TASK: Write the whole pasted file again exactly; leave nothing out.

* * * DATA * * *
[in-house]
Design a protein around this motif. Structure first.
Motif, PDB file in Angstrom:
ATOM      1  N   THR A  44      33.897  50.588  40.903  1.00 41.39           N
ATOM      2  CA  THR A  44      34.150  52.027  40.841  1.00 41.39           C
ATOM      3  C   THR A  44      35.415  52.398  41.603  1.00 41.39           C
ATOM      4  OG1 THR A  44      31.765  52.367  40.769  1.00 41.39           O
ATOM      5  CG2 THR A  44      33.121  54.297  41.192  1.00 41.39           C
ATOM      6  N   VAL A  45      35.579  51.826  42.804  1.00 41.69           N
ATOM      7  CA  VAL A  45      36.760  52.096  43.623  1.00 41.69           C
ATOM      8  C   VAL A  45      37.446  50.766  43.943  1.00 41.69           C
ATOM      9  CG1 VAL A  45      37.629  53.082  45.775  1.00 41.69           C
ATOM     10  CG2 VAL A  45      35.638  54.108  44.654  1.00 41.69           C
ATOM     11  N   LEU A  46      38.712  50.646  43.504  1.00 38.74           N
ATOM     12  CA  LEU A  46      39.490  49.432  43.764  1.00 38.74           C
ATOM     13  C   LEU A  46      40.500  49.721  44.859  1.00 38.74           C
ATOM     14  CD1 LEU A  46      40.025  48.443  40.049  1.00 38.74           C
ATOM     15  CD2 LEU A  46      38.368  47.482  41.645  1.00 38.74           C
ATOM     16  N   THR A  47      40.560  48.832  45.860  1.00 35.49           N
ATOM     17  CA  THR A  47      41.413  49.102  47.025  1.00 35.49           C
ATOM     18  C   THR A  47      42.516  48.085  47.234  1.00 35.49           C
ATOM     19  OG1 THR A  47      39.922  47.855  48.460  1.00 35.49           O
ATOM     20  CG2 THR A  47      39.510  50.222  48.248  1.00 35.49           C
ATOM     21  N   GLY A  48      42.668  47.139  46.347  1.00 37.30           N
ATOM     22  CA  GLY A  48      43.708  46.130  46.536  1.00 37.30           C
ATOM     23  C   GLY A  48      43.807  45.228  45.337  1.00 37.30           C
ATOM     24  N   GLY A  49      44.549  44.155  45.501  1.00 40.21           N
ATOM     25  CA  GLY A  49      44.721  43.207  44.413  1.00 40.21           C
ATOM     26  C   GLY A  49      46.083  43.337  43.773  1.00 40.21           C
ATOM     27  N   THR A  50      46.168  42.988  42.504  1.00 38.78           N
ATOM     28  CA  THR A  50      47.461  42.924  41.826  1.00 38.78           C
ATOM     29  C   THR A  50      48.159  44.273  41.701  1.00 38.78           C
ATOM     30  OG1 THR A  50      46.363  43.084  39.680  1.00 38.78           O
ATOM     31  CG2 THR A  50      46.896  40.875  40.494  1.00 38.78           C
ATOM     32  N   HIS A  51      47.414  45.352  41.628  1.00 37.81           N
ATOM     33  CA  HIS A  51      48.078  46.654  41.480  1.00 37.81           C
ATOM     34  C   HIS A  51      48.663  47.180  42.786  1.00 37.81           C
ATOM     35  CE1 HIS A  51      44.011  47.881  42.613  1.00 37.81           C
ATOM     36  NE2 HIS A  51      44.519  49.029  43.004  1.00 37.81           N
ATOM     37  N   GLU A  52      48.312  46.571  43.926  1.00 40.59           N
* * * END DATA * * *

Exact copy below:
[in-house]
Design a protein around this motif. Structure first.
Motif, PDB file in Angstrom:
ATOM      1  N   THR A  44      33.897  50.588  40.903  1.00 41.39           N
ATOM      2  CA  THR A  44      34.150  52.027  40.841  1.00 41.39           C
ATOM      3  C   THR A  44      35.415  52.398  41.603  1.00 41.39           C
ATOM      4  OG1 THR A  44      31.765  52.367  40.769  1.00 41.39           O
ATOM      5  CG2 THR A  44      33.121  54.297  41.192  1.00 41.39           C
ATOM      6  N   VAL A  45      35.579  51.826  42.804  1.00 41.69           N
ATOM      7  CA  VAL A  45      36.760  52.096  43.623  1.00 41.69           C
ATOM      8  C   VAL A  45      37.446  50.766  43.943  1.00 41.69           C
ATOM      9  CG1 VAL A  45      37.629  53.082  45.775  1.00 41.69           C
ATOM     10  CG2 VAL A  45      35.638  54.108  44.654  1.00 41.69           C
ATOM     11  N   LEU A  46      38.712  50.646  43.504  1.00 38.74           N
ATOM     12  CA  LEU A  46      39.490  49.432  43.764  1.00 38.74           C
ATOM     13  C   LEU A  46      40.500  49.721  44.859  1.00 38.74           C
ATOM     14  CD1 LEU A  46      40.025  48.443  40.049  1.00 38.74           C
ATOM     15  CD2 LEU A  46      38.368  47.482  41.645  1.00 38.74           C
ATOM     16  N   THR A  47      40.560  48.832  45.860  1.00 35.49           N
ATOM     17  CA  THR A  47      41.413  49.102  47.025  1.00 35.49           C
ATOM     18  C   THR A  47      42.516  48.085  47.234  1.00 35.49           C
ATOM     19  OG1 THR A  47      39.922  47.855  48.460  1.00 35.49           O
ATOM     20  CG2 THR A  47      39.510  50.222  48.248  1.00 35.49           C
ATOM     21  N   GLY A  48      42.668  47.139  46.347  1.00 37.30           N
ATOM     22  CA  GLY A  48      43.708  46.130  46.536  1.00 37.30           C
ATOM     23  C   GLY A  48      43.807  45.228  45.337  1.00 37.30           C
ATOM     24  N   GLY A  49      44.549  44.155  45.501  1.00 40.21           N
ATOM     25  CA  GLY A  49      44.721  43.207  44.413  1.00 40.21           C
ATOM     26  C   GLY A  49      46.083  43.337  43.773  1.00 40.21           C
ATOM     27  N   THR A  50      46.168  42.988  42.504  1.00 38.78           N
ATOM     28  CA  THR A  50      47.461  42.924  41.826  1.00 38.78           C
ATOM     29  C   THR A  50      48.159  44.273  41.701  1.00 38.78           C
ATOM     30  OG1 THR A  50      46.363  43.084  39.680  1.00 38.78           O
ATOM     31  CG2 THR A  50      46.896  40.875  40.494  1.00 38.78           C
ATOM     32  N   HIS A  51      47.414  45.352  41.628  1.00 37.81           N
ATOM     33  CA  HIS A  51      48.078  46.654  41.480  1.00 37.81           C
ATOM     34  C   HIS A  51      48.663  47.180  42.786  1.00 37.81           C
ATOM     35  CE1 HIS A  51      44.011  47.881  42.613  1.00 37.81           C
ATOM     36  NE2 HIS A  51      44.519  49.029  43.004  1.00 37.81           N
ATOM     37  N   GLU A  52      48.312  46.571  43.926  1.00 40.59           N